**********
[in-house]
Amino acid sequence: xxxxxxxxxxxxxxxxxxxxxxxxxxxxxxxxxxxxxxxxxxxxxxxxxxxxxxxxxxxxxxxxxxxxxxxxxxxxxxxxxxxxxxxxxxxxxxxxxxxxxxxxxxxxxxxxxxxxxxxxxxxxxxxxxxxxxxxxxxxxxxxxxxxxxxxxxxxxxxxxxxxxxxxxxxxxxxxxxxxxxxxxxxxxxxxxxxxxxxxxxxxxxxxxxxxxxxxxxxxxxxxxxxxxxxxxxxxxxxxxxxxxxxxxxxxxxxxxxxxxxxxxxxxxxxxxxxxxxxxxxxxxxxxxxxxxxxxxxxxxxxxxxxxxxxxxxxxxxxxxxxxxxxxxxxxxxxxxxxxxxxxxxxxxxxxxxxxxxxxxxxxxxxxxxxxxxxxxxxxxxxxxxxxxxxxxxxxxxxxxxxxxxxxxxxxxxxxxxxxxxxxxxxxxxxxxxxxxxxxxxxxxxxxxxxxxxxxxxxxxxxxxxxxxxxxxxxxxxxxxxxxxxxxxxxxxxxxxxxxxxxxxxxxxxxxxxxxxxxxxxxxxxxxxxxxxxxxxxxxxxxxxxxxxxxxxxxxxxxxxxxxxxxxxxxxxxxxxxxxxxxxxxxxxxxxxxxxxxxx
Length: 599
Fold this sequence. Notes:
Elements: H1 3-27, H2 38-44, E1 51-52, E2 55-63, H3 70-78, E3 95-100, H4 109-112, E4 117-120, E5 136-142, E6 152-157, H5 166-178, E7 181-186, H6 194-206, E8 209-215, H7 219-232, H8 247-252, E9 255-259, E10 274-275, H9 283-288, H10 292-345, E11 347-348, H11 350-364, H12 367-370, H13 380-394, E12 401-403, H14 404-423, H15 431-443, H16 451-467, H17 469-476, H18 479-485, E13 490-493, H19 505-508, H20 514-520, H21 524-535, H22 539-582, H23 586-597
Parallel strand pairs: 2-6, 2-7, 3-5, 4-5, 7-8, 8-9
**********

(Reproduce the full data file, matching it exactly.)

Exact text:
[in-house]
Amino acid sequence: xxxxxxxxxxxxxxxxxxxxxxxxxxxxxxxxxxxxxxxxxxxxxxxxxxxxxxxxxxxxxxxxxxxxxxxxxxxxxxxxxxxxxxxxxxxxxxxxxxxxxxxxxxxxxxxxxxxxxxxxxxxxxxxxxxxxxxxxxxxxxxxxxxxxxxxxxxxxxxxxxxxxxxxxxxxxxxxxxxxxxxxxxxxxxxxxxxxxxxxxxxxxxxxxxxxxxxxxxxxxxxxxxxxxxxxxxxxxxxxxxxxxxxxxxxxxxxxxxxxxxxxxxxxxxxxxxxxxxxxxxxxxxxxxxxxxxxxxxxxxxxxxxxxxxxxxxxxxxxxxxxxxxxxxxxxxxxxxxxxxxxxxxxxxxxxxxxxxxxxxxxxxxxxxxxxxxxxxxxxxxxxxxxxxxxxxxxxxxxxxxxxxxxxxxxxxxxxxxxxxxxxxxxxxxxxxxxxxxxxxxxxxxxxxxxxxxxxxxxxxxxxxxxxxxxxxxxxxxxxxxxxxxxxxxxxxxxxxxxxxxxxxxxxxxxxxxxxxxxxxxxxxxxxxxxxxxxxxxxxxxxxxxxxxxxxxxxxxxxxxxxxxxxxxxxxxxxxxxxxxxxxxxxxxxxxxxxxxxxx
Length: 599
Fold this sequence. Notes:
Elements: H1 3-27, H2 38-44, E1 51-52, E2 55-63, H3 70-78, E3 95-100, H4 109-112, E4 117-120, E5 136-142, E6 152-157, H5 166-178, E7 181-186, H6 194-206, E8 209-215, H7 219-232, H8 247-252, E9 255-259, E10 274-275, H9 283-288, H10 292-345, E11 347-348, H11 350-364, H12 367-370, H13 380-394, E12 401-403, H14 404-423, H15 431-443, H16 451-467, H17 469-476, H18 479-485, E13 490-493, H19 505-508, H20 514-520, H21 524-535, H22 539-582, H23 586-597
Parallel strand pairs: 2-6, 2-7, 3-5, 4-5, 7-8, 8-9